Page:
D.B. Reinhart Institute for Ethics in Leadership

Lecture Series 2005-2006

Perspectives on the Holocaust

Supported in part by a grant from the Wisconsin Humanities Council.

Sept. 13, 2005 – Nesse Godin, Holocaust Survivor

Nesse Godin was a young girl in Lithuania when the Nazis rose to power. She survived a concentration camp, four labor camps, and a death march. Godin is co-president of the Jewish Holocaust Survivors and Friends of Greater Washington. She serves on the Board of the Jewish Community Council, United Jewish Appeal Federation, and is a featured speaker of the United States Holocaust Memorial Museum. Her life story has been retold in numerous publications, including Washingtonian Magazine, Scholastic News, and The Gazette. She has also appeared in Walter Cronkite's In Memory of Millions and Bill Moyers' Beyond Hate.

Oct. 26, 2005 – Martha Teichner, Correspondent, CBS News Sunday Morning

War and Media: The Role of the Journalist in Reporting Conflict
Before joining Sunday Morning, Teichner was one of only a handful of female battle correspondents. On assignment with the CBS News London Bureau, Teichner reported on the war in Bosnia, the fall of Communism in Central and Eastern Europe, and the Romanian Revolution. During the Persian Gulf War, she was one of few journalists allowed by the military to accompany U.S. troops. She also spent time covering the conflict from Iraq, Kuwait, Jordan, and Israel. Teichner will reflect on her experience as a war correspondent to address the ongoing prospect of genocide in the world today.

Co-sponsored by the La Crosse Public Library

Click here for a story of the event published in the La Crosse Tribune

Nov. 8, 2005 – Mireille Rostad, Resistance Member

Mireille Rostad was 16-years-old when the Nazis invaded her hometown of Brussels, Belgium. Using a false ID and relying on a system of underground networks established by the resistance, she walked to France where she served as a medic and distributed clandestine newspapers. She served in the resistance for the remainder of the war using the code name “Squirrel.” After the war she worked in counterintelligence in General Dwight D. Eisenhower's Frankfurt headquarters. She is the recipient of the Ellis Island Medal of Honor.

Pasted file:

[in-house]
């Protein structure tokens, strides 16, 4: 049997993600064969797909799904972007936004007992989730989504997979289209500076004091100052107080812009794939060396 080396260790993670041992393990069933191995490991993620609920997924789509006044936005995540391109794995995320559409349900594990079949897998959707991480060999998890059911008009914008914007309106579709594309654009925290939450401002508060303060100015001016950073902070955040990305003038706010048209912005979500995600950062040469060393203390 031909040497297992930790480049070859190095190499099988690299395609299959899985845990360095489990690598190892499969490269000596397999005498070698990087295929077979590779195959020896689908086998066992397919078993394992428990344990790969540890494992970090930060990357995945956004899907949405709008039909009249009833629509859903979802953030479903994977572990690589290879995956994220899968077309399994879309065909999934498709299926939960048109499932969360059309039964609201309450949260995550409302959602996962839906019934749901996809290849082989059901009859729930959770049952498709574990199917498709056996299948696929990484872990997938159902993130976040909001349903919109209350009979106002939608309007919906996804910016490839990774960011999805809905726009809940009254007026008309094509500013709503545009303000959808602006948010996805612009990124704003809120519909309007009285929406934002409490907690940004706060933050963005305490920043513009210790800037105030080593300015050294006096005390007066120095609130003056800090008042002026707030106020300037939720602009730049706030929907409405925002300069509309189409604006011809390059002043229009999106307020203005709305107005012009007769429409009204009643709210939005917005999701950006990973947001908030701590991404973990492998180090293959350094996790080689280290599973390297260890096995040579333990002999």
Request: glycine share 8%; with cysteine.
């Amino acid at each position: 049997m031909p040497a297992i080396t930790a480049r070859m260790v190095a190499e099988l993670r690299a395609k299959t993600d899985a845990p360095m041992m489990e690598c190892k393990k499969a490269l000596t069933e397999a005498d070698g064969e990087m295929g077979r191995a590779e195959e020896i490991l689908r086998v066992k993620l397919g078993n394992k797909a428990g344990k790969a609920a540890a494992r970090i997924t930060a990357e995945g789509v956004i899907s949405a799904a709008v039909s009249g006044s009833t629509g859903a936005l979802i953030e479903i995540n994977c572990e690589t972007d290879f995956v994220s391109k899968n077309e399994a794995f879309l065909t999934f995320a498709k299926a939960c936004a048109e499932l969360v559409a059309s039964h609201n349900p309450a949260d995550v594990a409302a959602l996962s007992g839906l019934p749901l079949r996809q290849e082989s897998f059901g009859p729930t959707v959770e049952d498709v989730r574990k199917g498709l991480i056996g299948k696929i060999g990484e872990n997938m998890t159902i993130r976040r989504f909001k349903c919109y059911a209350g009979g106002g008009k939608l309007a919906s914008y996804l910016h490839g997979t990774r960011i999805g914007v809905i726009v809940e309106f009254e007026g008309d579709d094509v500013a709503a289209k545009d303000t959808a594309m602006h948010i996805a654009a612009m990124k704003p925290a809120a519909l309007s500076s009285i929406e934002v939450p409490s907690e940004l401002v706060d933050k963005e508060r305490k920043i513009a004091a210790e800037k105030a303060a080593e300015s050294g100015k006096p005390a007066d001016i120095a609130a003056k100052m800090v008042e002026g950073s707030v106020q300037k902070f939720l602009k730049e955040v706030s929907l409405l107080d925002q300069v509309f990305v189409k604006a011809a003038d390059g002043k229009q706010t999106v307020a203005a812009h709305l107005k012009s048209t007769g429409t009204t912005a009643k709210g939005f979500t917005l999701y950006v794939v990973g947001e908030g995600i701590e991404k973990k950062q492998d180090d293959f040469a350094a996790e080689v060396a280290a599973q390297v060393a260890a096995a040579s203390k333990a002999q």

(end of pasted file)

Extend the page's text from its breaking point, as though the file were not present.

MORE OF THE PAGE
Feb. 6, 2006 – Gerda Weissman Klein, Holocaust Survivor

Gerda Weissman Klein has lectured throughout the country and has written several books, including All But My Life, her autobiography, The Hours After, co-authored by her husband, and most recently, A Boring Evening At Home. One Survivor Remembers, a documentary about her experiences during the Holocaust, won an Academy Award in 1996. Another film that features her story is shown regularly at the United States Holocaust Memorial Museum. She has appeared on The Oprah Winfrey Show, CBS Sunday Morning, and was featured on 60 Minutes and Nightline.

Click here for a story of the event published in the La Crosse Tribune.  Here's another story on Gerda Weissman Klein and hope. 

March 20, 2006 – Frank Buscher, Professor of History, Christian Brothers University

Explaining the Holocaust: The Historian as Teacher and War Crimes Investigator
In recent decades the Jewish Holocaust and other incidents of genocide have received considerable attention in both classrooms and courtrooms. Historians from various countries have played important roles in this development. They have acted as researchers, investigators, and expert witnesses in court cases, and been the driving force behind the growing popularity of high school and college courses on the evils of racism in general and the Nazi murder of the European Jews in particular. Using examples from his experience as a professor of history and as a war crimes investigator for the Canadian government, Buscher will help us understand why people have such different, and often contradictory, perceptions of the holocaust.

Click here for a story of the event published in the La Crosse Tribune

April 4, 2006 – Dr. Sabina Zimering, Hidden Child

Sabina Zimering, who grew up in Poland, was 16-years-old when World War II broke out. In October 1942, after three years in the ghetto, where fear, hunger, and typhus reigned, the deportation of the Jews to the gas chambers of Treblinka began. With false IDs from her friends, she and her sister escaped and passed as Catholic Poles in Nazi Germany. Her memoir, Hiding in the Open, became a Radio Talking Book for the blind. It was adapted for the stage at the History Theater in St. Paul in 2004 to great critical acclaim. She has extensive speaking experience including the Holocaust Museum in Washington, D.C.

Click here for a story of the event published in the La Crosse Tribune.

For more information contact Richard Kyte at 608-796-3704 or email ethics@viterbo.edu.